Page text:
This is my column this week in the New Zealand Herald, which is published in the digital edition every Thursday…
The history of modern advertising has its roots in the propaganda of Nazi Germany, and its ability to influence people en masse by manipulating powerful basic human emotions.
Fast forward to 2017, and much the same techniques now sell us a whole bunch of things we don’t need. Because we can be convinced that to own “that thing” we think will make us feel good, we believe it will solve that nagging lack we feel.
We are slaves to our own collective insecurities.
Christmas has been ruthlessly exploited for the same reason everything gets exploited these days. Profit.
We have been sold our greed. Packaged up, beautifully wrapped with a bow on top. Greed has become the reason for the season, and I hate it.
But it’s not just Christmas – reflecting on this year it seems like story after story of how we have lost our collective generosity, whether it be to those less fortunate, those who struggle, other cultures, women, children, refugees, immigrants or even the planet itself.
Can Christmas still be a time where we at least try to value generosity over greed, love for our fellow human, take time to be with those we love? I hope so.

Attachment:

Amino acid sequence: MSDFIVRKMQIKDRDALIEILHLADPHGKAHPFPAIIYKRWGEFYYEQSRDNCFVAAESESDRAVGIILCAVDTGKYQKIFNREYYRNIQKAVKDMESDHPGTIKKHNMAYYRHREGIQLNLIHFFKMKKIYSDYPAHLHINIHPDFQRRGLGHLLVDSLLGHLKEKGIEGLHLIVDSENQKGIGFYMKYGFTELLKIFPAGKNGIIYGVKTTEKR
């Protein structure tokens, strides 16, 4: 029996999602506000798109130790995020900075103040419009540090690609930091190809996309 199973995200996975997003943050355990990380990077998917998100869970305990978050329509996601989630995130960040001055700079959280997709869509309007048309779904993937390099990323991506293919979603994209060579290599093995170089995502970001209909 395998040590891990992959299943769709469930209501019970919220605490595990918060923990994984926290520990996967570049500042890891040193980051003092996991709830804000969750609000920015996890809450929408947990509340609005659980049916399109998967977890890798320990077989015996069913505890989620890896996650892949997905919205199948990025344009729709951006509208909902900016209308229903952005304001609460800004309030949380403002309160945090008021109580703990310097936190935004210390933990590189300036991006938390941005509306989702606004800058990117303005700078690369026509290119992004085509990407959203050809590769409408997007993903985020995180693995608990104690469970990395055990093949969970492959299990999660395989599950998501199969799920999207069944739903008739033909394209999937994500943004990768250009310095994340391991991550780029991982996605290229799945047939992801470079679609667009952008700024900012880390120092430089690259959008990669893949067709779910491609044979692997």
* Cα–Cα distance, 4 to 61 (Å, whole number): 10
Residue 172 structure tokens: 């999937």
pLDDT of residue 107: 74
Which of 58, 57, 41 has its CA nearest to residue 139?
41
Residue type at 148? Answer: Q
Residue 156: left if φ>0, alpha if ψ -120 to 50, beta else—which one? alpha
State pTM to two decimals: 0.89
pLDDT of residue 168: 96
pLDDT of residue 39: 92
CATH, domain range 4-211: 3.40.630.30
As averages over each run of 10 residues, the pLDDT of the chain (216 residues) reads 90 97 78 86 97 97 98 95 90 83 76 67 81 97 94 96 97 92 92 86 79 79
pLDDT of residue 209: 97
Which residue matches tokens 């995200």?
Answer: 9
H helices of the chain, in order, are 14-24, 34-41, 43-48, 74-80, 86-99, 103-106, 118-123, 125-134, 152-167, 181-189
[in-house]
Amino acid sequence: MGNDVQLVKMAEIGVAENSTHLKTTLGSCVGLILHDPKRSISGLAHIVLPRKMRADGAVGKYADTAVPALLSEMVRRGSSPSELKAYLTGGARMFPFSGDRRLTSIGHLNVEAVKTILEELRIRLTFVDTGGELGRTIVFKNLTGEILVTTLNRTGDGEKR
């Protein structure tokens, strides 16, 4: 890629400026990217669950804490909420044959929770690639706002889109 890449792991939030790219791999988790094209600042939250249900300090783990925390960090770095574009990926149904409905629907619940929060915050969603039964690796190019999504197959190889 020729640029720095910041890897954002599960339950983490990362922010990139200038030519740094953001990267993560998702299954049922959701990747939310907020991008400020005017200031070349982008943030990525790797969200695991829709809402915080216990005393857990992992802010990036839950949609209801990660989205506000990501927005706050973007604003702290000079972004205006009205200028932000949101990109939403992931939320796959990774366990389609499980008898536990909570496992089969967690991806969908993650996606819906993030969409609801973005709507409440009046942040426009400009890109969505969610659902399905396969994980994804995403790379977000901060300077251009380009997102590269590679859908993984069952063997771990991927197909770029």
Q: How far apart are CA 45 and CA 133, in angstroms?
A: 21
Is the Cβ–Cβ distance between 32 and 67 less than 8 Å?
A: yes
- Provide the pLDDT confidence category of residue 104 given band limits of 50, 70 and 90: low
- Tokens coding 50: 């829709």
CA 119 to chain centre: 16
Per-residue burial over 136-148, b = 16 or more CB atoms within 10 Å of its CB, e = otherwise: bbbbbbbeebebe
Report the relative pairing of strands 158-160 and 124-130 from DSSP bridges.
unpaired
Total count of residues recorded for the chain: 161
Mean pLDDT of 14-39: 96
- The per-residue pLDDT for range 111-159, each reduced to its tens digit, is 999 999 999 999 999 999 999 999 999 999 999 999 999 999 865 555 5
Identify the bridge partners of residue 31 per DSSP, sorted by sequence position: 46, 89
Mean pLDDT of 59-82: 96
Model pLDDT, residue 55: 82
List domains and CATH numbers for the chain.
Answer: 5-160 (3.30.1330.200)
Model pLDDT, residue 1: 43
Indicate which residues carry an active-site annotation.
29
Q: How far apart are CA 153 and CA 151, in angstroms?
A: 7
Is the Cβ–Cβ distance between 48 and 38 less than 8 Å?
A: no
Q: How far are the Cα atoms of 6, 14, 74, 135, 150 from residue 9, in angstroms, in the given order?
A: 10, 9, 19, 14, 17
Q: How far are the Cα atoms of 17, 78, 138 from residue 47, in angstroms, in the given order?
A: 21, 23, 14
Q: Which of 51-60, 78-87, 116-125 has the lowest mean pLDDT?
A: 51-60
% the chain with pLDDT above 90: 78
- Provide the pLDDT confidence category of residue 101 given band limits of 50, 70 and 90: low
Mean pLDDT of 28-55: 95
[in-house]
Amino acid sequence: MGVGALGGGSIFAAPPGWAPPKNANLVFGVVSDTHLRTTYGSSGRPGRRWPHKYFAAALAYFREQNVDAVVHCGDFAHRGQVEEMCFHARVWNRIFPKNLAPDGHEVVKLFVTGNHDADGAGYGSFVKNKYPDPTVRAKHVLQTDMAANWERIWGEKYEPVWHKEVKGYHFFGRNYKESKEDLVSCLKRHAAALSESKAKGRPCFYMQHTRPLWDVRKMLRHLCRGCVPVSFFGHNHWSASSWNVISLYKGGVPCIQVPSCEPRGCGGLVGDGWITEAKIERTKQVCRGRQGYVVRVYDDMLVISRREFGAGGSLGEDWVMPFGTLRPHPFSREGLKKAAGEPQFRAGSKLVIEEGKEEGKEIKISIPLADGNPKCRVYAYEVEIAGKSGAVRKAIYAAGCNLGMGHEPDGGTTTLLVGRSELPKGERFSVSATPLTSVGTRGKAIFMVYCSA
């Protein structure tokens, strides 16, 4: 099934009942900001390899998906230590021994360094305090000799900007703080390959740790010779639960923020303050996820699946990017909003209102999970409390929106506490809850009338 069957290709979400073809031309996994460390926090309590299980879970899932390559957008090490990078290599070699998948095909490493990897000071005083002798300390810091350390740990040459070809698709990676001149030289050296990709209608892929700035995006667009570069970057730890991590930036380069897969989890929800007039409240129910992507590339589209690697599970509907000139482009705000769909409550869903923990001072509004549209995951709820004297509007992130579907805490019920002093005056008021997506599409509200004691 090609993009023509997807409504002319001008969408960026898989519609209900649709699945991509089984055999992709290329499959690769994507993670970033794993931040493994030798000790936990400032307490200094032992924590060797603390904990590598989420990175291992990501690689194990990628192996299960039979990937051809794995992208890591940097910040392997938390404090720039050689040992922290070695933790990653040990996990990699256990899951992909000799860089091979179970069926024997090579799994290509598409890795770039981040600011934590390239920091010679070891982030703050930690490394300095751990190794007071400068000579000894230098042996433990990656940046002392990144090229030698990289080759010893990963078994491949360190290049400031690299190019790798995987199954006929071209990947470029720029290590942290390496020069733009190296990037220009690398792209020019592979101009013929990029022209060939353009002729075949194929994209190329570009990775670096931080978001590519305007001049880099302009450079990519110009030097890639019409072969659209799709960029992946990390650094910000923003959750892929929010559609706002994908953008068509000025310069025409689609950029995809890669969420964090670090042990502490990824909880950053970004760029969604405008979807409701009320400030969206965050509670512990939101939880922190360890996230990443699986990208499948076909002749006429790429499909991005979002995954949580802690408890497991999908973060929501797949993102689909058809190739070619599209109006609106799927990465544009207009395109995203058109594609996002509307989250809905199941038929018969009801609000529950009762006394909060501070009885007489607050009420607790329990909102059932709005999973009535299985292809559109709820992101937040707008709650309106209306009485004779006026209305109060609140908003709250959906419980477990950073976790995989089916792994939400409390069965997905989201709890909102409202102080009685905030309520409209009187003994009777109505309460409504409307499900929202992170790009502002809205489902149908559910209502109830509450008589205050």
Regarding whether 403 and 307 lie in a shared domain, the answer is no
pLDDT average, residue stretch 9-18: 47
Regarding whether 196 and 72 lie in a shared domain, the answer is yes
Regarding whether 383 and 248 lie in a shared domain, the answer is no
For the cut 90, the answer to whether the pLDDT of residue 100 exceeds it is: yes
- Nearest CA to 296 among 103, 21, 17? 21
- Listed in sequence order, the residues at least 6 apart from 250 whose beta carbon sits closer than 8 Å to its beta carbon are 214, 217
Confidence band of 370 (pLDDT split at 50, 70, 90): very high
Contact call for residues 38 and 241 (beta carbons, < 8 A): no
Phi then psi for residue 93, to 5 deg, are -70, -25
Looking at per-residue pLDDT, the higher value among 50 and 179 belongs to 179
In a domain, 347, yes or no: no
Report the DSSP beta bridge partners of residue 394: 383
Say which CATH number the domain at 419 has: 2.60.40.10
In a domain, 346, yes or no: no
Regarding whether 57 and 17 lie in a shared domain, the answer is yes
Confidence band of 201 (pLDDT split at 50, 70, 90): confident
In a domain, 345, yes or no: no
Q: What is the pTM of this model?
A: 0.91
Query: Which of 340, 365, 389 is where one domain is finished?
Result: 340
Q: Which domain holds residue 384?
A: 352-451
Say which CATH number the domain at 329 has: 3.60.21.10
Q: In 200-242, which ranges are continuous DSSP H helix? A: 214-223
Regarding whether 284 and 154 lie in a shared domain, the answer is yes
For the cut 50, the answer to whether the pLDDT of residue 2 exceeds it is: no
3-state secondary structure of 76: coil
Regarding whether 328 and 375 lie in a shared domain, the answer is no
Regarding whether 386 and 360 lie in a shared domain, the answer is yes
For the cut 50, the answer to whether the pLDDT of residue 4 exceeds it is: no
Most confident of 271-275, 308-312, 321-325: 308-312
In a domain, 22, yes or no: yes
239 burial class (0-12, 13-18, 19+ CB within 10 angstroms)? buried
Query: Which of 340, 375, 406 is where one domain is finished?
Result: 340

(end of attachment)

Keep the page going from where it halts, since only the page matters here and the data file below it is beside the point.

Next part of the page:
Because greed is killing us. In every society around the world where inequality grows, the health of all its citizens gets worse, specifically, more people die from preventable health problems and suicide.
We are being sold a lie – a selfish, fatal, lie.
The opposite of greed – generosity – isn’t just about buying your children a nice present, or participating in the office (or Twitter) Secret Santa. Generosity is, for me, the true heart of Christmas and it might still be able to save us.
Because for things to get better for the planet, for the human race, for our little country, for your family and your loved ones, we all need to be prepared to give more and expect less.
The madness of our constant, insatiable, never-ending consumption has to stop, but it will only stop if we all are prepared to let go, to change, to want less.
But if you need a selfish reason, giving is also good for the giver. Time after time we see that people who are more generous report higher levels of life satisfaction, and lower levels of depression and anxiety.
However we need to be able to see that not taking is – in itself – an act of generosity.
Imagine if every time we said no to a plastic bag, decided to leave the car at home, to spend time with our family rather than work, we allowed ourselves to feel we were giving.
Imagine if we felt the same flush of pride at paying our taxes as we did when we choose to give to charity.
If we can redefine generosity as not giving more, but taking and needing less, then not only will we have found a way to the true spirit of Christmas, but we may also have given ourselves the gift of our collective future.
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